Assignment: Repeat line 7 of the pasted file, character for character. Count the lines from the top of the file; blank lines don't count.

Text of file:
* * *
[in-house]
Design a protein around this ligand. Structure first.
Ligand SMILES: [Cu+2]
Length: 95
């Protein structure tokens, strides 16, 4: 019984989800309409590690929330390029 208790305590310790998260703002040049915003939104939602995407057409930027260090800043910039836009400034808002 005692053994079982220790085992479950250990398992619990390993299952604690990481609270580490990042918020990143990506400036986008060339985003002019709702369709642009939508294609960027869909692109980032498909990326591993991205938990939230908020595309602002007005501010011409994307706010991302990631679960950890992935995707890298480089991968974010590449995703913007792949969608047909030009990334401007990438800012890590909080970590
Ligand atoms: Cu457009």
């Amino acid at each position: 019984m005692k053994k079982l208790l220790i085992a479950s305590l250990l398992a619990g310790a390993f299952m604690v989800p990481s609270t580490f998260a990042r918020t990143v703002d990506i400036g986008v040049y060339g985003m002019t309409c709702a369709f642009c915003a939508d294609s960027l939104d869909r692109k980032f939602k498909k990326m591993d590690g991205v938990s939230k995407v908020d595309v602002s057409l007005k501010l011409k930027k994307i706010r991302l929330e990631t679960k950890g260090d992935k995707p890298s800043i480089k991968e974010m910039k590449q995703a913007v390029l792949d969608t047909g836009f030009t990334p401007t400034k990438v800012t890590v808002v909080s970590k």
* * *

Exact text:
């Amino acid at each position: 019984m005692k053994k079982l208790l220790i085992a479950s305590l250990l398992a619990g310790a390993f299952m604690v989800p990481s609270t580490f998260a990042r918020t990143v703002d990506i400036g986008v040049y060339g985003m002019t309409c709702a369709f642009c915003a939508d294609s960027l939104d869909r692109k980032f939602k498909k990326m591993d590690g991205v938990s939230k995407v908020d595309v602002s057409l007005k501010l011409k930027k994307i706010r991302l929330e990631t679960k950890g260090d992935k995707p890298s800043i480089k991968e974010m910039k590449q995703a913007v390029l792949d969608t047909g836009f030009t990334p401007t400034k990438v800012t890590v808002v909080s970590k």